“Building approvals for detached houses declined again in February (2019), consistent with the trend of the past year,” said HIA’s Chief Economist Tim Reardon.
The Australian Bureau of Statistics released its monthly building approvals data for Australia and the states and territories.
“Detached house approvals fell by 3.7 per cent for the month to be 11.1 per cent lower than the same three month period last year (2018),” added Mr Reardon.
“This is consistent with our expectation that this downturn will be sharp and shallow with detached building activity remaining above the long term average at the bottom of this downturn.
“In contrast multi-unit approvals unexpectedly jumped by 62.4 per cent in the month, against a backdrop of very low volumes of approvals in the second half of 2018. This bounce was due to a 134.1 per cent increase in multi-unit approvals in Victoria. NSW also experienced an exceptional bounce back for multi- unit approvals of 69.5 per cent.
“Despite the surge in multi-units approvals, they remain 32.9 per cent lower than the same three month period last year (2018). There remains a significant volume of multi-unit construction in the pipeline this year (2019).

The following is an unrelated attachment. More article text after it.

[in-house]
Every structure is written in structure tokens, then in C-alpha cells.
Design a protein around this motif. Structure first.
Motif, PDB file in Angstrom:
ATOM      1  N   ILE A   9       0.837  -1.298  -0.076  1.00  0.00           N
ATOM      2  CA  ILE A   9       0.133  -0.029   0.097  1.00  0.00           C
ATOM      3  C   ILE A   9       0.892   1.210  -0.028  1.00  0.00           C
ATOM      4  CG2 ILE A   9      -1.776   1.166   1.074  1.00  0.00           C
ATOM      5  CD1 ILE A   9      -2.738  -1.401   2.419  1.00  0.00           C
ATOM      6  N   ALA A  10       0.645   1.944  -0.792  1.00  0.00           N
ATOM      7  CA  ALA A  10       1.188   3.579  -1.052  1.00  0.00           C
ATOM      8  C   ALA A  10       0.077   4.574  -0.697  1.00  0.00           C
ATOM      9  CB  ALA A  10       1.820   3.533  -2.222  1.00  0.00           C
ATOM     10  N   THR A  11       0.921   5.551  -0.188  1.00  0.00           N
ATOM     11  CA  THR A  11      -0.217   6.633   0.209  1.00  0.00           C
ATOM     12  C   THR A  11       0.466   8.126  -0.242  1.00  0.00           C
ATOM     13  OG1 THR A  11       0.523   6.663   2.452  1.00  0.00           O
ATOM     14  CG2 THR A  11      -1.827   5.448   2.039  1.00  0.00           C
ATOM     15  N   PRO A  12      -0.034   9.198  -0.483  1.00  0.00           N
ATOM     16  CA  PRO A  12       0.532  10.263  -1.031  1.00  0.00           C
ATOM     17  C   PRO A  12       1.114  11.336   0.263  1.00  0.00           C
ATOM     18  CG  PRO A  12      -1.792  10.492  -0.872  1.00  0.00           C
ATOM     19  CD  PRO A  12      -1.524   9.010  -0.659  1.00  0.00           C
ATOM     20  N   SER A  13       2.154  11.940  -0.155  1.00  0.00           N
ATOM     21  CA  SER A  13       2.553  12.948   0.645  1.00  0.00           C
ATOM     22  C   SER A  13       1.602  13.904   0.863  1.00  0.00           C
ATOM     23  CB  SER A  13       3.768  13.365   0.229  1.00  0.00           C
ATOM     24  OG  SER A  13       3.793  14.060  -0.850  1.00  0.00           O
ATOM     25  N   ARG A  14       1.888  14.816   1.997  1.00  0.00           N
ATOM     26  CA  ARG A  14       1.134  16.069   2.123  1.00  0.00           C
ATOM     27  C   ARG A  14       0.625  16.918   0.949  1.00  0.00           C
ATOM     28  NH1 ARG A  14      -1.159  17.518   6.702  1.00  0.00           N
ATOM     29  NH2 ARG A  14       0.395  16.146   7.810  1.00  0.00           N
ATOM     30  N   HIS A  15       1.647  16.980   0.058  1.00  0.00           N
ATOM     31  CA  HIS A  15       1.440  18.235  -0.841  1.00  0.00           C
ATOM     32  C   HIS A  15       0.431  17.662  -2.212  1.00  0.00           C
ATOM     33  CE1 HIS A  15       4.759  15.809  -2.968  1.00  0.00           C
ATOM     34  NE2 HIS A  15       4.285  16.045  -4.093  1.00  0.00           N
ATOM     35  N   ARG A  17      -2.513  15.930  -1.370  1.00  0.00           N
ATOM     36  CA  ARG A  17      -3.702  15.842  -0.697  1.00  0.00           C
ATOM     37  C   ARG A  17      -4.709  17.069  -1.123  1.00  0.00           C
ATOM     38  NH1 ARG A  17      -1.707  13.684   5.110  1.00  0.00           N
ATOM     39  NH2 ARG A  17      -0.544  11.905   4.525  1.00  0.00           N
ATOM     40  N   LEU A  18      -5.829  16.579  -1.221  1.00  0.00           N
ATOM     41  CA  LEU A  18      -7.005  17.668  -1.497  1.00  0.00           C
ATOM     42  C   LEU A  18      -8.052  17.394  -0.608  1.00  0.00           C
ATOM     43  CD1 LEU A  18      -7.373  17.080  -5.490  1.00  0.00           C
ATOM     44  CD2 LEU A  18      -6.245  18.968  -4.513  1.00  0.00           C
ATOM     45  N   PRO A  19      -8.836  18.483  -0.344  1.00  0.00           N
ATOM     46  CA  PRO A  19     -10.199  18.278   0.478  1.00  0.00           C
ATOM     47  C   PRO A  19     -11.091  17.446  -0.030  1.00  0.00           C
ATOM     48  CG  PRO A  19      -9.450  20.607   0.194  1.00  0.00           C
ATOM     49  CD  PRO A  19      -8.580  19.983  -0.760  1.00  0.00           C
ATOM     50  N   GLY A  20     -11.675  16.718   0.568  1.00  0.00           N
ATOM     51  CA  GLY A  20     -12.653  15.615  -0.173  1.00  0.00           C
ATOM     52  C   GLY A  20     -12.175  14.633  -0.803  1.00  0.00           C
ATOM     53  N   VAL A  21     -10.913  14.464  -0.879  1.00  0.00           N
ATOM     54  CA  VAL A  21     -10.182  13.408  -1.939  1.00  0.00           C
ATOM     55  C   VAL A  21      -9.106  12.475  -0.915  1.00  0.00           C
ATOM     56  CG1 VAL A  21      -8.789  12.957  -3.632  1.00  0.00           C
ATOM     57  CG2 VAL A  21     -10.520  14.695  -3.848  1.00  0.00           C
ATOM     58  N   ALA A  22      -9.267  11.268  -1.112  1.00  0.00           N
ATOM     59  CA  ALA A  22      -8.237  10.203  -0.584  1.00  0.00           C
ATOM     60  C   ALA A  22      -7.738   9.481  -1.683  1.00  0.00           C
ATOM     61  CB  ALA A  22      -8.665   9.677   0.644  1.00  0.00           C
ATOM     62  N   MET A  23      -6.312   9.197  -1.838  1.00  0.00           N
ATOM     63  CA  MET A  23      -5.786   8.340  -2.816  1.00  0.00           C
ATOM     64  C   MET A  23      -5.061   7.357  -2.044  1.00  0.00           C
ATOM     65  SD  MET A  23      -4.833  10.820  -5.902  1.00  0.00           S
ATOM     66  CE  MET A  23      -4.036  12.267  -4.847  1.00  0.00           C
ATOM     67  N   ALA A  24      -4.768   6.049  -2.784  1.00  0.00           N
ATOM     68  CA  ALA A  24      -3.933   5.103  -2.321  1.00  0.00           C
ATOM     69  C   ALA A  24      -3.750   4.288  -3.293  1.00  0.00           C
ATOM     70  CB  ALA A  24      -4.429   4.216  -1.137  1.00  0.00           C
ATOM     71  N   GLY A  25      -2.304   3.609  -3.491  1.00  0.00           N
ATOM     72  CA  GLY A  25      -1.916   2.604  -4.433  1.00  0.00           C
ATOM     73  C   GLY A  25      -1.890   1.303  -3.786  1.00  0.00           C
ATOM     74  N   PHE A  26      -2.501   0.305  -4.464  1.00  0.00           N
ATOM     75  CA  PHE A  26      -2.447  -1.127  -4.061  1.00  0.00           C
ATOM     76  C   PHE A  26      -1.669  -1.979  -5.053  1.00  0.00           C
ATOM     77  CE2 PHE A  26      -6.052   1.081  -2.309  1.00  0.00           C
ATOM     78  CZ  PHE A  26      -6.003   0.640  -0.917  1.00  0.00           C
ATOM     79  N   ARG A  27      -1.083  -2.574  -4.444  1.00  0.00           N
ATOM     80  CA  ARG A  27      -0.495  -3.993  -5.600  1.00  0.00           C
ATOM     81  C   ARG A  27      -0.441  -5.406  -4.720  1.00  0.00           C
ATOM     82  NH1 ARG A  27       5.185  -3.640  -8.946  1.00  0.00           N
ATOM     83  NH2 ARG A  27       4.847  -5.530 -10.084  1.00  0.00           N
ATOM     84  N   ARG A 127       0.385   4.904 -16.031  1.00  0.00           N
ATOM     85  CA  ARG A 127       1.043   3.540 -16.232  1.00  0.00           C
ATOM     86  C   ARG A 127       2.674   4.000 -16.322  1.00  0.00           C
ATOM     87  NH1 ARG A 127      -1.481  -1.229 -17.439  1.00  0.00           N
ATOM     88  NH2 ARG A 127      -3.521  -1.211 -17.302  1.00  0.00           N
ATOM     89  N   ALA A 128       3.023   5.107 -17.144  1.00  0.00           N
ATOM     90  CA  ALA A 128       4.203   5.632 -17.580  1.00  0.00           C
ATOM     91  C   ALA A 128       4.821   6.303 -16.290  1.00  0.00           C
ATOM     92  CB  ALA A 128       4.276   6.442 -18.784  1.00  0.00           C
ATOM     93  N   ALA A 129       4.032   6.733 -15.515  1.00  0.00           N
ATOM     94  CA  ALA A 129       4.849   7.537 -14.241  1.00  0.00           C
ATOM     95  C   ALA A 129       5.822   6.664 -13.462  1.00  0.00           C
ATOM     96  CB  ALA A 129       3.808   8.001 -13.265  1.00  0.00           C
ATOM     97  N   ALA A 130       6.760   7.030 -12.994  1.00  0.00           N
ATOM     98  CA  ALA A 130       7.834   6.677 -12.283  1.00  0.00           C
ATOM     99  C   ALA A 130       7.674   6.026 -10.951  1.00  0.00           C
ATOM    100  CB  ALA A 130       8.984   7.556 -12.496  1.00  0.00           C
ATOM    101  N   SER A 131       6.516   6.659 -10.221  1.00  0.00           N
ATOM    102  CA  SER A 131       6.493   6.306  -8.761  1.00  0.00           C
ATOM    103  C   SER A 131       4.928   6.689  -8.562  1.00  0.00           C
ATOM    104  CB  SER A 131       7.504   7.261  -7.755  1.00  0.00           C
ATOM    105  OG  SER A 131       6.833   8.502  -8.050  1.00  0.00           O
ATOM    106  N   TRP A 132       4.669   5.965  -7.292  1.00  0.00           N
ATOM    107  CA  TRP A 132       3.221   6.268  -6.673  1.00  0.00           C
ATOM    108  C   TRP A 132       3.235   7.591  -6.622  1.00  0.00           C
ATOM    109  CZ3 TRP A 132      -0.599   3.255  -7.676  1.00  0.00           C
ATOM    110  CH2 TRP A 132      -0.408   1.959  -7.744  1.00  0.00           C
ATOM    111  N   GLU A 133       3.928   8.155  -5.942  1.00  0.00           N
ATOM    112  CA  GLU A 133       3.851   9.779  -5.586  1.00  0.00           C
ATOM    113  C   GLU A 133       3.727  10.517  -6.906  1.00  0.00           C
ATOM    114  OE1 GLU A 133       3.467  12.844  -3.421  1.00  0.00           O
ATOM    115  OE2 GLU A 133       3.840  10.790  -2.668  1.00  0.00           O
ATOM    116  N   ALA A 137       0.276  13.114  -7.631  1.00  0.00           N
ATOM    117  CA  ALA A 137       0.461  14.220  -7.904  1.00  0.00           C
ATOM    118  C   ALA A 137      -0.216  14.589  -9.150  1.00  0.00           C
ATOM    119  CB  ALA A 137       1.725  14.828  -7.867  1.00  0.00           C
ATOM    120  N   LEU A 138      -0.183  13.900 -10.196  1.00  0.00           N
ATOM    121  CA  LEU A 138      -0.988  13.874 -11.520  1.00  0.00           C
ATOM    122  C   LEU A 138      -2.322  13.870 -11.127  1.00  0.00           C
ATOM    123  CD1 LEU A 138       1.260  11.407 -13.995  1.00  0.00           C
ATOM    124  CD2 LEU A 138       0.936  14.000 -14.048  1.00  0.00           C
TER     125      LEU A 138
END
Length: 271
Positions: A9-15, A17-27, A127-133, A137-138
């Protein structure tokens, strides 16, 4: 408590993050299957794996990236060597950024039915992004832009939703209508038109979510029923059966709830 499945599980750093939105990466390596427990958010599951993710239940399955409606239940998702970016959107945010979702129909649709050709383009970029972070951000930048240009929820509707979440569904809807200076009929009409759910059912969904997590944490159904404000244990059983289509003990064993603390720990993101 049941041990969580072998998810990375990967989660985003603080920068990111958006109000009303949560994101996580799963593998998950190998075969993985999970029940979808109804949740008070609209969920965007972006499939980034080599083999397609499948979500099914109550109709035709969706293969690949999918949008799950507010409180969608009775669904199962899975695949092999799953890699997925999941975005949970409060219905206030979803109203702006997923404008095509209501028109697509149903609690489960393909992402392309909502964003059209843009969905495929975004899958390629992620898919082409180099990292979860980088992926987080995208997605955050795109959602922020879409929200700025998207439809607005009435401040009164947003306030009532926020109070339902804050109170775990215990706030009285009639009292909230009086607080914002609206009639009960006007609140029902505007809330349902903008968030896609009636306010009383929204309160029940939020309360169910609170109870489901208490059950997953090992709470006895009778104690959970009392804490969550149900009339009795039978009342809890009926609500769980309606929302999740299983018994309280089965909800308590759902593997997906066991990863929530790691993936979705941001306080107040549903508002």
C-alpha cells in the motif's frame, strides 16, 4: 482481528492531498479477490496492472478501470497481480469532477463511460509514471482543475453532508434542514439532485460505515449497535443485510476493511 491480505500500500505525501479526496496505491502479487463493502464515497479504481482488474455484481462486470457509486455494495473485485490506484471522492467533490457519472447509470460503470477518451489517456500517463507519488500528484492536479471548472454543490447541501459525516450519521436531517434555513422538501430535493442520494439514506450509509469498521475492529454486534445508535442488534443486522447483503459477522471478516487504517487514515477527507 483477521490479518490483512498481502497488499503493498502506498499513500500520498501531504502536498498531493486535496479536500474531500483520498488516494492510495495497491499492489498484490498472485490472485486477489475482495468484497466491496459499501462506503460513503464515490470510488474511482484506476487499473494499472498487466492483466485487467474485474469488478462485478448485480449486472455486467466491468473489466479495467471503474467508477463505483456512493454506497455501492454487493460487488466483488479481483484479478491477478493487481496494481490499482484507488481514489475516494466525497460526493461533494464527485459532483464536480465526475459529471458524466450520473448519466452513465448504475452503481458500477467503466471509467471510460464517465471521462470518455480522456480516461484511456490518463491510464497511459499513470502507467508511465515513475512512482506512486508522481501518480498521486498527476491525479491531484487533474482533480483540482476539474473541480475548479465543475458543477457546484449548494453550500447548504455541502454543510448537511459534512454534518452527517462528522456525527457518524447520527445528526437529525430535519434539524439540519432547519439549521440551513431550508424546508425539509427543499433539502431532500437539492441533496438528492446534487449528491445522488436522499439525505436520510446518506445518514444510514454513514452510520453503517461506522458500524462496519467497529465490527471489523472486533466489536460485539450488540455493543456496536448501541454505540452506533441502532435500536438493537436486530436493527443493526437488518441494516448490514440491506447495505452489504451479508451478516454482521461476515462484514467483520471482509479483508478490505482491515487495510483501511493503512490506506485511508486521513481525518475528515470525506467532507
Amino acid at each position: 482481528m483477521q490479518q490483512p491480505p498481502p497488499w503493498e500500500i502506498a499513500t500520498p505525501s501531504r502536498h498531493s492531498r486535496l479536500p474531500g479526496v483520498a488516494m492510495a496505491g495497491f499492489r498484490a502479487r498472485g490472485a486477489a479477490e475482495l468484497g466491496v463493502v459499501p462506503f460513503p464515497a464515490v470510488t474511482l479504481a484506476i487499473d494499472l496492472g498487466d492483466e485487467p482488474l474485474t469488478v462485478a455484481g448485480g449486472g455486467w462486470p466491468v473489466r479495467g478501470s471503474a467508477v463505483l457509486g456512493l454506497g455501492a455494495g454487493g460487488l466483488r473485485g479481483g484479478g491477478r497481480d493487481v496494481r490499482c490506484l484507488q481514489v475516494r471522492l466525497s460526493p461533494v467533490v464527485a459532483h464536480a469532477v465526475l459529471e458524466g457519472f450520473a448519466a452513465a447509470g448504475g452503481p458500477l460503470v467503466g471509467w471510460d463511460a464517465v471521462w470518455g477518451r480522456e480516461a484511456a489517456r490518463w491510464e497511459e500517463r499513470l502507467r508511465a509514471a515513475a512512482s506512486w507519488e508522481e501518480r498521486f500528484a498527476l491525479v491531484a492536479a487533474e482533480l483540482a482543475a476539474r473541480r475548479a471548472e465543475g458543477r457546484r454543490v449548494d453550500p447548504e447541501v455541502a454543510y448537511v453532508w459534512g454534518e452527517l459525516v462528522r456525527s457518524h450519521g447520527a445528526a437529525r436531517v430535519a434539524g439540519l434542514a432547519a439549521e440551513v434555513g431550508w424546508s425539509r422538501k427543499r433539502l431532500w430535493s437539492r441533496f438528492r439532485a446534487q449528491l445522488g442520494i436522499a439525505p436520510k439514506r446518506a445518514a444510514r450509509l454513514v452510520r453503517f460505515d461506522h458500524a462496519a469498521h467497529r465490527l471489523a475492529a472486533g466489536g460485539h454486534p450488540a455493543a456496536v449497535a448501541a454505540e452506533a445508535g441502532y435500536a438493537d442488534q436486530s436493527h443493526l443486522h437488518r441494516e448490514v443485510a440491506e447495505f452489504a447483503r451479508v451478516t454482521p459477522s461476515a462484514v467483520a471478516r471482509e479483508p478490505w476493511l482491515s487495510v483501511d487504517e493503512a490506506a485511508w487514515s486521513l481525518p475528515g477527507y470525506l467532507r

“The market cooled in the second half of 2018 on the back of the credit squeeze as dwelling prices corrected, adversely impacting market confidence. These results are an encouraging sign that this downturn will remain modest relative to historical comparisons,” concluded Mr Reardon.
Gains in seasonally adjusted dwelling approvals in February 2019 were led by Victoria (+37.3 per cent) and NSW (+25.2 per cent), followed by SA (+6.8 per cent) and Queensland (+3.4 per cent). All other states declined: WA (-10.9 per cent) and Tasmania (-13.6 per cent). Trend data in ACT (-6.3 per cent) and NT (-6.5 per cent) also showed declines.